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Deepanshu Bagchee on Asia-Pacific
CNBC.com | December 01, 2011 | 02:33 PM EST

1. China's housing market will correct.

The over-investment in housing will finally catch up with China, with property prices falling and many investors getting burned. Still, the correction will disappoint the doomsayers given that China's mortgage debt remains modest by Western standards. Banks will face higher non-performing loans because of the credit they have extended to developers. All in all, a housing correction — though painful — will be much needed to prevent an even bigger bubble, and China's government will announce policy measures to soften the housing correction.

2. Chinese stocks will outperform.With the property market offering deadbeat returns, interest rates remaining low \(as the government tries to ease the pain of a housing correction\), investors will finally return to stocks. After a three-year slump, Chinese equities will rally as investors realize the virtue of buying into a market currently trading at just 11 times earnings.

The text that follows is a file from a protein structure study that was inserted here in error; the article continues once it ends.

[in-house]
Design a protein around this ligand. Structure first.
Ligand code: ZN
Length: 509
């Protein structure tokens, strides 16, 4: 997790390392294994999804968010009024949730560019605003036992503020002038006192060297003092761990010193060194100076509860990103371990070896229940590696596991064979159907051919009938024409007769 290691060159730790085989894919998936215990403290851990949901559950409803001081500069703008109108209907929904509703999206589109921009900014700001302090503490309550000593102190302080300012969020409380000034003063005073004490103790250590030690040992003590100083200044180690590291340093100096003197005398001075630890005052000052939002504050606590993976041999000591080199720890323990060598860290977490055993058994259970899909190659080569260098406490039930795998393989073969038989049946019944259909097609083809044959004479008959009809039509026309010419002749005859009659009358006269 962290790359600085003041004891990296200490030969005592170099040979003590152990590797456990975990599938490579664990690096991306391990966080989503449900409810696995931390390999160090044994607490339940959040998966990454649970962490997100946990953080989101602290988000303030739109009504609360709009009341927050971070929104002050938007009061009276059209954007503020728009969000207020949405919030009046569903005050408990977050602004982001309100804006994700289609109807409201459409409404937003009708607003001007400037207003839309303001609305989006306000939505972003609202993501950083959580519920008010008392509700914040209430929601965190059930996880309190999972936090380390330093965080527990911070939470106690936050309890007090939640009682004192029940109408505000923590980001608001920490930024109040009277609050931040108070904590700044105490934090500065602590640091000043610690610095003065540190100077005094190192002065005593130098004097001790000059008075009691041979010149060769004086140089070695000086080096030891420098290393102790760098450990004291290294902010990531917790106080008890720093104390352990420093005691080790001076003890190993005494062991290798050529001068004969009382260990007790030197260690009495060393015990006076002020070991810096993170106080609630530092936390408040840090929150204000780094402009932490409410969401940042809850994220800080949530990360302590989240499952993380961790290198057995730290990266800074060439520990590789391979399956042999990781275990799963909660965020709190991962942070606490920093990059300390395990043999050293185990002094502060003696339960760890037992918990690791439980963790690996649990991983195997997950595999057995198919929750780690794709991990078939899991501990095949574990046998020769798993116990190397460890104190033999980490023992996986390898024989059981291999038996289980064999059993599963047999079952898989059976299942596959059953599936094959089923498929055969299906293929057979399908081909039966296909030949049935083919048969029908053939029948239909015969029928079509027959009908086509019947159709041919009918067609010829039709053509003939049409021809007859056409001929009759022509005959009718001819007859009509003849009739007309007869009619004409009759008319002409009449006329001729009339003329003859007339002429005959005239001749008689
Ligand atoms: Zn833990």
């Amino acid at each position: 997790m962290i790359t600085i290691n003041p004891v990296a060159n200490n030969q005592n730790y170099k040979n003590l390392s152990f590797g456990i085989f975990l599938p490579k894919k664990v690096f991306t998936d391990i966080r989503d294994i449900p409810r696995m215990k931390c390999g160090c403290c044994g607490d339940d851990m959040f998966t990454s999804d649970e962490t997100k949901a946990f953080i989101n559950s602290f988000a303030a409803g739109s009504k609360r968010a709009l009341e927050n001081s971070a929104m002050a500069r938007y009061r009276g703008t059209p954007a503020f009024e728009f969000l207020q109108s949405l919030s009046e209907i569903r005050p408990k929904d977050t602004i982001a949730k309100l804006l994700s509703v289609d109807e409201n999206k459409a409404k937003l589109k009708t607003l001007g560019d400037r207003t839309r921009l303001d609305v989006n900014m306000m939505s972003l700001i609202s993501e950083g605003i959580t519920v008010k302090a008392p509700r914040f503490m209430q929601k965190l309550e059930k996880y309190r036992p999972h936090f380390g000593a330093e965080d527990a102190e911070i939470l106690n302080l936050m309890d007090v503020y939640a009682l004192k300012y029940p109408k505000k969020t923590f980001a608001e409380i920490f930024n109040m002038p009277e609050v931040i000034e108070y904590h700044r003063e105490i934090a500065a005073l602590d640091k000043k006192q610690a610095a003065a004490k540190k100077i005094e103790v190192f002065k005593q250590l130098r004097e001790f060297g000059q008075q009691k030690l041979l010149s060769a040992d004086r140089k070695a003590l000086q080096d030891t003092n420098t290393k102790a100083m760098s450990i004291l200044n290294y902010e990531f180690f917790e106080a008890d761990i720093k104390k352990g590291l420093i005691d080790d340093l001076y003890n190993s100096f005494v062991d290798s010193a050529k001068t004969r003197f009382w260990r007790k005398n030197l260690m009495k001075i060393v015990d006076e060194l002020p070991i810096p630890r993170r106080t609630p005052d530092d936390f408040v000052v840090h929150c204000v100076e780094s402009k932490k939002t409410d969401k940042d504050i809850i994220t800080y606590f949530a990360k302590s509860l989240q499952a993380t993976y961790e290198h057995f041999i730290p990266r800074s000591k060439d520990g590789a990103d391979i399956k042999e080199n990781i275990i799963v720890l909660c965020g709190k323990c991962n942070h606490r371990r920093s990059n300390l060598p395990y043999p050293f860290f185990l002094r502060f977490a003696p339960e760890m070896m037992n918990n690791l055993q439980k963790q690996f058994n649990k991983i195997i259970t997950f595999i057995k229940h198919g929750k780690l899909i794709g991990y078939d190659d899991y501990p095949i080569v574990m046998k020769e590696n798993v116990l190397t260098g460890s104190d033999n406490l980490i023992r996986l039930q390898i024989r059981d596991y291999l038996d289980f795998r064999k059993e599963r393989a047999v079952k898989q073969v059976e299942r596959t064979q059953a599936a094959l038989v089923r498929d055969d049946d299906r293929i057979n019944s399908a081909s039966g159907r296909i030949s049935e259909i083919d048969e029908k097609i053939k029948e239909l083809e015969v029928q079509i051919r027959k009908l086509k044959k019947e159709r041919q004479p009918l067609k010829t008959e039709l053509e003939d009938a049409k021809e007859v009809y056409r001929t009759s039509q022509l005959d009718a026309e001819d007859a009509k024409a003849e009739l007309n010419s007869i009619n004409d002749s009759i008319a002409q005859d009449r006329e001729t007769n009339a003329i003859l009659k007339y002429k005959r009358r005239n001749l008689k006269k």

3. Japanese bond yields will rise.

Japan's placid bond market will slowly awaken from a deep, deflation-induced slumber. With 95 percent of Japan's government bonds owned by domestic investors, the government has been able to pay just 1 percent on 10-year bonds, despite running a debt-to-GDP ratio of 200 percent. That will change in 2012, as politicians fail to bring the deficit under control and ratings agencies take further action. As domestic savings find other channels, bond investors will wise up and hedge funds will see an opportunity. Still, the rise in yields won't trigger a crisis given Japan's large current account surplus and large pool of domestic savings. But Japan's government will finally realize its finances are running on borrowed time.

4. India will face political and economic crises.

India's rising fiscal and current-account deficits and multi-billion dollar corruption scandalswill continue to take a toll on the economy. Inflationand interest rates will remain elevated, while growth will slow. Voters will show their disapproval for the ruling party in regional elections. The government will muddle along and the year could end with a new prime minister at the helm.

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